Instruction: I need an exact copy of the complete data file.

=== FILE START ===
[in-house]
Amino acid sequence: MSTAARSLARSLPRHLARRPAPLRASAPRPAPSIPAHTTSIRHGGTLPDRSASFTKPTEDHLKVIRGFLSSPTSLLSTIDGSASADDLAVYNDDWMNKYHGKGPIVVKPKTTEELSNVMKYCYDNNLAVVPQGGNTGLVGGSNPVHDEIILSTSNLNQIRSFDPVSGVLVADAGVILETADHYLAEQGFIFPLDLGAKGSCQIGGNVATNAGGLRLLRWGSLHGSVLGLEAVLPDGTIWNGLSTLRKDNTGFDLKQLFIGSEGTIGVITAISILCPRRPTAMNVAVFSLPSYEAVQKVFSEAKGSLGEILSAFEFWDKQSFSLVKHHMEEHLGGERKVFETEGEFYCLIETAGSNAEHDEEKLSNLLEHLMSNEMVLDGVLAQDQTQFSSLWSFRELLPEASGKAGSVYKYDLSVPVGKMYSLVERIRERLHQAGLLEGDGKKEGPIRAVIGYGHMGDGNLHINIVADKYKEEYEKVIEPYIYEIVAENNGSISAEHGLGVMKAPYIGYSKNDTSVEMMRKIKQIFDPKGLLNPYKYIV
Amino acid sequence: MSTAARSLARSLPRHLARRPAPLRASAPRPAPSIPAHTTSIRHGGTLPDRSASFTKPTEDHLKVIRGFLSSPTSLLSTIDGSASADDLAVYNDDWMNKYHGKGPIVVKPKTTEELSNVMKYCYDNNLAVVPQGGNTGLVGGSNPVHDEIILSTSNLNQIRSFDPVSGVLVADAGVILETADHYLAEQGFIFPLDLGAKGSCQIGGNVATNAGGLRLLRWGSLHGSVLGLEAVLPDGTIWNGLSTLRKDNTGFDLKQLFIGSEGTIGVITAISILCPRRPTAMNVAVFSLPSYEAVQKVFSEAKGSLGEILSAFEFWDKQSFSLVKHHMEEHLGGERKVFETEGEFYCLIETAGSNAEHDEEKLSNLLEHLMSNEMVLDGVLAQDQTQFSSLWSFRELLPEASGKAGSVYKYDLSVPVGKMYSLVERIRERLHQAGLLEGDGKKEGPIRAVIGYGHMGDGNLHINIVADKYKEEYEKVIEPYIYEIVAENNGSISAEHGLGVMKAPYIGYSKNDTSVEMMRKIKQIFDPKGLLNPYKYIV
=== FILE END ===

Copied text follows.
[in-house]
Amino acid sequence: MSTAARSLARSLPRHLARRPAPLRASAPRPAPSIPAHTTSIRHGGTLPDRSASFTKPTEDHLKVIRGFLSSPTSLLSTIDGSASADDLAVYNDDWMNKYHGKGPIVVKPKTTEELSNVMKYCYDNNLAVVPQGGNTGLVGGSNPVHDEIILSTSNLNQIRSFDPVSGVLVADAGVILETADHYLAEQGFIFPLDLGAKGSCQIGGNVATNAGGLRLLRWGSLHGSVLGLEAVLPDGTIWNGLSTLRKDNTGFDLKQLFIGSEGTIGVITAISILCPRRPTAMNVAVFSLPSYEAVQKVFSEAKGSLGEILSAFEFWDKQSFSLVKHHMEEHLGGERKVFETEGEFYCLIETAGSNAEHDEEKLSNLLEHLMSNEMVLDGVLAQDQTQFSSLWSFRELLPEASGKAGSVYKYDLSVPVGKMYSLVERIRERLHQAGLLEGDGKKEGPIRAVIGYGHMGDGNLHINIVADKYKEEYEKVIEPYIYEIVAENNGSISAEHGLGVMKAPYIGYSKNDTSVEMMRKIKQIFDPKGLLNPYKYIV
Amino acid sequence: MSTAARSLARSLPRHLARRPAPLRASAPRPAPSIPAHTTSIRHGGTLPDRSASFTKPTEDHLKVIRGFLSSPTSLLSTIDGSASADDLAVYNDDWMNKYHGKGPIVVKPKTTEELSNVMKYCYDNNLAVVPQGGNTGLVGGSNPVHDEIILSTSNLNQIRSFDPVSGVLVADAGVILETADHYLAEQGFIFPLDLGAKGSCQIGGNVATNAGGLRLLRWGSLHGSVLGLEAVLPDGTIWNGLSTLRKDNTGFDLKQLFIGSEGTIGVITAISILCPRRPTAMNVAVFSLPSYEAVQKVFSEAKGSLGEILSAFEFWDKQSFSLVKHHMEEHLGGERKVFETEGEFYCLIETAGSNAEHDEEKLSNLLEHLMSNEMVLDGVLAQDQTQFSSLWSFRELLPEASGKAGSVYKYDLSVPVGKMYSLVERIRERLHQAGLLEGDGKKEGPIRAVIGYGHMGDGNLHINIVADKYKEEYEKVIEPYIYEIVAENNGSISAEHGLGVMKAPYIGYSKNDTSVEMMRKIKQIFDPKGLLNPYKYIV